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All other things being equal a 45 series tyre will produce slower lap times than a 60 series tyre. Note I'm only talking about lap times, not steering feel, which does not make a car faster.
There have been tests, TopGear and other magazines, etc. and all cars are faster with the smaller wheel and higher profile option that a manufacturer sells their cars with. Ferraris, Alfa Romeos down to Holden Commodores.
Can you provide a link to these tests, showing smaller wheels and high profile tires have better lap times, because that is not my understanding.

In this test, in a magazine called Grass Roots Motorsports, they tested a 16x7.5 a 17x8-inch and a 18x8-inch, the 17x8 wheel produced slightly better lap times

"We tested three sets of tires and wheels starting with the Plus Zero upgrade of 16x7.5-inch wheels and 205/55R16 tires. We then jumped to 225/45R17 tires on 17x8-inch wheels followed by 225/40R18 tires on 18x8-inch wheels."

Wheel size: 16x7.5 inches
Tire size: 205/55R16
Mean lap time: 43.353 sec.

Wheel size: 17x8 inches
Tire size: 225/45R17
Mean lap time: 43.155 sec.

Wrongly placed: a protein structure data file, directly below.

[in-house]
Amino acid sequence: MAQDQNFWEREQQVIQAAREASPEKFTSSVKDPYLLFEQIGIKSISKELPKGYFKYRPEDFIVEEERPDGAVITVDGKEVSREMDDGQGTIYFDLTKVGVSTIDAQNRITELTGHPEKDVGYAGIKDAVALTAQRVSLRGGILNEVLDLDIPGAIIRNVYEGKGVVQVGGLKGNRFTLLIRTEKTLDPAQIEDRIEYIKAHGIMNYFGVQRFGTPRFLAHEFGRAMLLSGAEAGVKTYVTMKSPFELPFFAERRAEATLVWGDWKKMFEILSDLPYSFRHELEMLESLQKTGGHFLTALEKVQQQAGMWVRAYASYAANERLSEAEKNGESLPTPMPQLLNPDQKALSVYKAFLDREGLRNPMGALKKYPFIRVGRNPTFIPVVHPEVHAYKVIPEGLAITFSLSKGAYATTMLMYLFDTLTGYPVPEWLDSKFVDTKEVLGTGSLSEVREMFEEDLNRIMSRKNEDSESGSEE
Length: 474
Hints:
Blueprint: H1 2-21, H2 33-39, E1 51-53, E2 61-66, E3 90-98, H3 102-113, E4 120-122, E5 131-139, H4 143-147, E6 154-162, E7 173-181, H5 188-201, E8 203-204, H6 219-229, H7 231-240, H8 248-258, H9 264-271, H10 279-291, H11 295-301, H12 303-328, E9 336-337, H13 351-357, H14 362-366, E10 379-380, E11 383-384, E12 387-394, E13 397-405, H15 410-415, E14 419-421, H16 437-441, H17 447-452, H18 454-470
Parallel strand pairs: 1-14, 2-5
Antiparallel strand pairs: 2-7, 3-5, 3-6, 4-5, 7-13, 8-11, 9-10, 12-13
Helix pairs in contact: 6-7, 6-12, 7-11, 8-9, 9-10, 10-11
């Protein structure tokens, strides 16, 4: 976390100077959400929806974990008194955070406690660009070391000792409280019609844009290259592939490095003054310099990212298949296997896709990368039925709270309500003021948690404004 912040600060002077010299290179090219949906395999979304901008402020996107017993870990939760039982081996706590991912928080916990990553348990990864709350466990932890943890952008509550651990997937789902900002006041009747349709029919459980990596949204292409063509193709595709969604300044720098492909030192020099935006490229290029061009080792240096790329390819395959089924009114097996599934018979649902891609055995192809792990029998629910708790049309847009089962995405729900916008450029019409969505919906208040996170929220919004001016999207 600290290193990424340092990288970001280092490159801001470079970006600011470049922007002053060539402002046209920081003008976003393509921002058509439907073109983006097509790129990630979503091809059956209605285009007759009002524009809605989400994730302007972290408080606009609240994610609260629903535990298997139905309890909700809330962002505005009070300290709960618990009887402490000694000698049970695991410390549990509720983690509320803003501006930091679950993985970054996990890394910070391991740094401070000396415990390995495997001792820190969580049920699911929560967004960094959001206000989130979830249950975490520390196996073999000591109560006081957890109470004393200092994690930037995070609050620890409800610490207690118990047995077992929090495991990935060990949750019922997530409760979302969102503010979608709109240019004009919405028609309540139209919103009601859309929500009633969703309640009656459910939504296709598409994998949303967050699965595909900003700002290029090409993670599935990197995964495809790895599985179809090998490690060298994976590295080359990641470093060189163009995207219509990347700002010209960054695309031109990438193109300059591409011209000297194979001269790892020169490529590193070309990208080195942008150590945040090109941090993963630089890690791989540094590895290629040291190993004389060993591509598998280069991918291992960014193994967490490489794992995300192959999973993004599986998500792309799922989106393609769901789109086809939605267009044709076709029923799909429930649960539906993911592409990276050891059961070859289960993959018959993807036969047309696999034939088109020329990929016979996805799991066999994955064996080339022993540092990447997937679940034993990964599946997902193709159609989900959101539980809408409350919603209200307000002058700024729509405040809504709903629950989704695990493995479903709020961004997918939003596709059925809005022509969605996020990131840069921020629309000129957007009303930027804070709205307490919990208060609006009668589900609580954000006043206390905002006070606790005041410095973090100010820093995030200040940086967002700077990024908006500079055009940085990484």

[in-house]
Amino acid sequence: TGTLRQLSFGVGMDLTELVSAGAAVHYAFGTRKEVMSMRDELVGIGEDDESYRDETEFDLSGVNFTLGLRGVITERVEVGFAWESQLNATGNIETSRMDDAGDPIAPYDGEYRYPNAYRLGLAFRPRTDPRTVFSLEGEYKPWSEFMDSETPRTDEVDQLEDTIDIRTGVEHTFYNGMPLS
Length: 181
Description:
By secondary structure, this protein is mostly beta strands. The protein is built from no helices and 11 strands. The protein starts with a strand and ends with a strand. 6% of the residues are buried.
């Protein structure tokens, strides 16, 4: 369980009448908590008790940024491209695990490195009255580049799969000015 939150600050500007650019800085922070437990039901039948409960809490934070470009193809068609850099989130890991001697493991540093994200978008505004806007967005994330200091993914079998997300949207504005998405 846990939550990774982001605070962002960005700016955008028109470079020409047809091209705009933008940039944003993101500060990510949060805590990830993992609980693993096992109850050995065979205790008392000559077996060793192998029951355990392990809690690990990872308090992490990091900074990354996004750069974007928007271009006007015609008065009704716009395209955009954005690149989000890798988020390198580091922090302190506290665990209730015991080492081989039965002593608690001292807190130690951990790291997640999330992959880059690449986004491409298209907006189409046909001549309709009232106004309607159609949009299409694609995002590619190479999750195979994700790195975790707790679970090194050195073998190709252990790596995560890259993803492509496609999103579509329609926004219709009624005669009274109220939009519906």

Wheel size: 18x8 inches
Tire size: 225/40R18
Mean lap time: 43.339 sec.


I do understand that the greater mass of bigger wheels & tires can hurt acceleration (especially off the line) and braking times.

Personally I like 15in wheels.
 

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I cannot find a good video to post, but I read a lot about low profile tyres making driving fast more predictable.

I think in your test they are all what I call low profile tyres, but in some ways it proves my point as the 18" wheel was slower, but yeah the 16" wasn't faster ... oops, but also it was thinner!, so not really a fair test (?)

If I find a quality reference, I'll return here and link it
Pete
 
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1986 Alfa Romeo GTV6
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Discussion Starter #63
It depends on a lot of factors.
I do believe the gtv6 was tested when 190's were considered wide.
The relation between width and hight, that's the secret.
F tires consider 5 sizes.
Height, width and rim like us and the hight to the start of the thread and thread width.
The total width of the tire does not allow the play a regular tire would.
Also the total hight of the tire helps with the track imperfections.
Going back to my tire I don't think my 225/45 is such a low profile.
After all its almost half the width.
It's 101.25mm against the 114mm from the original 190/60 tires.
 

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@sekal 1978 if you like you can come to my house and put on the wheels/tires from my gtv6, Bridgestone re-71r 205/50-15 (about the same sidewall height as your 225/45-16) on OEM campy 15x6 wheels and see if you have the same instability. I use 205/50 because there are not extreme performance tires available in 205/55. I had a set of Dunlop Direzza DZ-102 205/55 that were nice and comfy but lacked the traction I was looking for. It's a bit of work to do the swap without jack stands and an air wrench.